Who picks what profession gets a tip? I don’t tip my garbage man, but I feel as though I should. He does more work and manual  physical labor than my nail lady?  Why not tip your automotive repair man, that’s more important than my hair person right?! It’s interesting who we tip and who we don’t. Well, I decided to understand the tipping thing a little better, so off to Google I went and what I learned was and is pretty crazy!  So not all states are on the same page. ( imagine that) According to the U.S Department of Labor and I quote, “A tipped employee engages in an occupation in which he or she customarily and regularly receives more than $30 per month in tips. An employer of a tipped employee is only required to pay $2.13 per hour in direct wages if that amount combined with the tips received at least equals the federal minimum wage. If the employee’s tips combined with the employer’s direct wages of at least $2.13 per hour do not equal the federal minimum hourly wage, the employer must make up the difference. Many states, however, require higher direct wage amounts for tipped employees.”  So, if I understand this correctly, the tips that you are making are not on top of your hourly wage, but the employer has the right to calculate your tips in, to meet the minimum wage standard? It seems like that’s a screwed up deal to me!  For example in a 40 hour work week, minimum wage is $7.25/HR, that would be $290.00.  If you made a considerable amount of tips, because your a hard worker and bust your butt, like $210.00, they can take that tip money and use it against the hourly wage. Broken down, that’s $85.20 at $2.13/HR, so in total that’s $295.20. You have just now received your weekly paycheck 😦  If you had made shitty tips that week, then you would have gotten the $7.25/HR, but no matter what, your only getting what the minimum wage allowance is, it’s just broken down into what your employer pays you!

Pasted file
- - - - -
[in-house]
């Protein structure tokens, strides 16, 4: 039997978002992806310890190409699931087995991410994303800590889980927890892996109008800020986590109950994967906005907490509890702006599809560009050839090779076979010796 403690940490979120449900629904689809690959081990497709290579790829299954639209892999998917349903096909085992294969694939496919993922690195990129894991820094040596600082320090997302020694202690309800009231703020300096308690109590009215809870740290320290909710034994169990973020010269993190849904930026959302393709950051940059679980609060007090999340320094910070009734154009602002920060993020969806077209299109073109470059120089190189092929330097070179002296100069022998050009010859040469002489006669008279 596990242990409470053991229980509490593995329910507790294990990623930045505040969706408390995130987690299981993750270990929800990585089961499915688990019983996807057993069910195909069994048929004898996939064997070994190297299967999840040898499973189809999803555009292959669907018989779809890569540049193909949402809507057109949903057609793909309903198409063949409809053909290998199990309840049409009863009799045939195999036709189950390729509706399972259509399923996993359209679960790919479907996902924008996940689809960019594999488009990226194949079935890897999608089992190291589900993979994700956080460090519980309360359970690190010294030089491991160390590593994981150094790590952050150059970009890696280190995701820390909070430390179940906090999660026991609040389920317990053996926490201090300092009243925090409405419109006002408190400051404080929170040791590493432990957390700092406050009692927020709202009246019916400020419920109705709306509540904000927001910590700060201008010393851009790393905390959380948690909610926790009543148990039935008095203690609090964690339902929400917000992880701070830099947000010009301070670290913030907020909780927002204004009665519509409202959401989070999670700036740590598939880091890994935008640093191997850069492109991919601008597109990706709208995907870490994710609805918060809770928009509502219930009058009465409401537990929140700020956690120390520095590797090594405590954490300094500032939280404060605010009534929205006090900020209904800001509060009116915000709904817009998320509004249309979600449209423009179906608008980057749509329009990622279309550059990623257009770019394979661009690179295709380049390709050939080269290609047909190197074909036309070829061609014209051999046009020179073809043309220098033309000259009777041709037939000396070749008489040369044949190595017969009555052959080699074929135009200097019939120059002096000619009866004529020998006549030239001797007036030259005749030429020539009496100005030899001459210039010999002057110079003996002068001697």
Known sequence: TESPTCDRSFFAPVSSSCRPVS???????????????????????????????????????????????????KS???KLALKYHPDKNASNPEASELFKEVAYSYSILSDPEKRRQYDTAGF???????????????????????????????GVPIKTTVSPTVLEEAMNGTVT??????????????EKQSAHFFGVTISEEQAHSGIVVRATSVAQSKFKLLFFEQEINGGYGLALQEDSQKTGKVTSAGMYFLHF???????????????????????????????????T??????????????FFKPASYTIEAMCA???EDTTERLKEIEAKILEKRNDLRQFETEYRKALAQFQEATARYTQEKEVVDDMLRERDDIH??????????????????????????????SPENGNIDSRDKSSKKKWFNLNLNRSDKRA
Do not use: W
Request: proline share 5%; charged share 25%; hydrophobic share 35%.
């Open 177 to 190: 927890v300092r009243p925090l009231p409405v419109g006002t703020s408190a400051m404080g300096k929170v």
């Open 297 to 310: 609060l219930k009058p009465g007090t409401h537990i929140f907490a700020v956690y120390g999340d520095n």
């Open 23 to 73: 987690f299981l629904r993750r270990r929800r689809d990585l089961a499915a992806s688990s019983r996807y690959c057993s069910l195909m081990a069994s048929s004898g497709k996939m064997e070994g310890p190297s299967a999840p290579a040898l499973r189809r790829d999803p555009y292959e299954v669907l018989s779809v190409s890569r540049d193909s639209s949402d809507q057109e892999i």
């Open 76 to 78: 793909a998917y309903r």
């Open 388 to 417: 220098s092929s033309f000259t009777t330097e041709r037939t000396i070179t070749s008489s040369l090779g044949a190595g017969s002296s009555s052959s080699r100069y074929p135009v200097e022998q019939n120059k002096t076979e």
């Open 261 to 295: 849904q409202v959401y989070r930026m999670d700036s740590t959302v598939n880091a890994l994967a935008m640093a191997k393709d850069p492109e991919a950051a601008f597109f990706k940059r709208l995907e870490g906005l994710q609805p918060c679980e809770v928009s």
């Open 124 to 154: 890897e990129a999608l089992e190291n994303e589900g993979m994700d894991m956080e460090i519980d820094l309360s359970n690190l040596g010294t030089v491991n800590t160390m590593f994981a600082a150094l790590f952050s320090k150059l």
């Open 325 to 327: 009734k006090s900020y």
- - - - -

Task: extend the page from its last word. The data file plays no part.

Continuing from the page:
I’m not sure about you, but I am still confused as hell? This system sucks if you ask me. And not all states use this system. In the state of Nevada, employers can pay the minimum wage standard of $8.25/HR, but NO health benefits are allowed. Or they can pay you $7.25/HR including health benefits. Nevada does not separate out tips to /HR wage. But this system still honestly sucks 😦   Now they are bringing health care into it! It seems that every which way you look at it, its geared for the government, not citizens!

All in all, depending upon which state you live, might be the make it or break it on weather or not you’ll work to receive tips. Check out the full details at You’ll be even more surprised at what you learn.

This goes to show you that no matter what state you work in, no matter what the job,if you can receive tips, then work hard for it. We all have our bad days, but if it’s your lively hood, then get it girl!!!!!  I honestly do not believe that automatic tips should be tallied in with your meal purchase, but maybe the restaurant is helping their employees receive more money than what the federal law allows? Interesting? We’ll have to see how this plays out in the future.

I am sure there is a lot more to this, Tipping, than I understand, but it does seem funny to me still, on who we tip and who we don’t. The US Dept of Labor does not have a say in this, so it’s up to us to do the right thing. I say, that if you can afford it, then a buck here for the coffee guy,  a tip here for the server and maybe a nice home made treat for the garbage people and so on and so on. Maybe your tip isn’t always cash, but the thought behind the fact that you stopped what you were doing to do something nice for someone goes a long way these days! The research on this article was a lot fun and I really learned a lot about money, our society and the way people function. Till next time, keep loving, eating and tipping big in Nevada!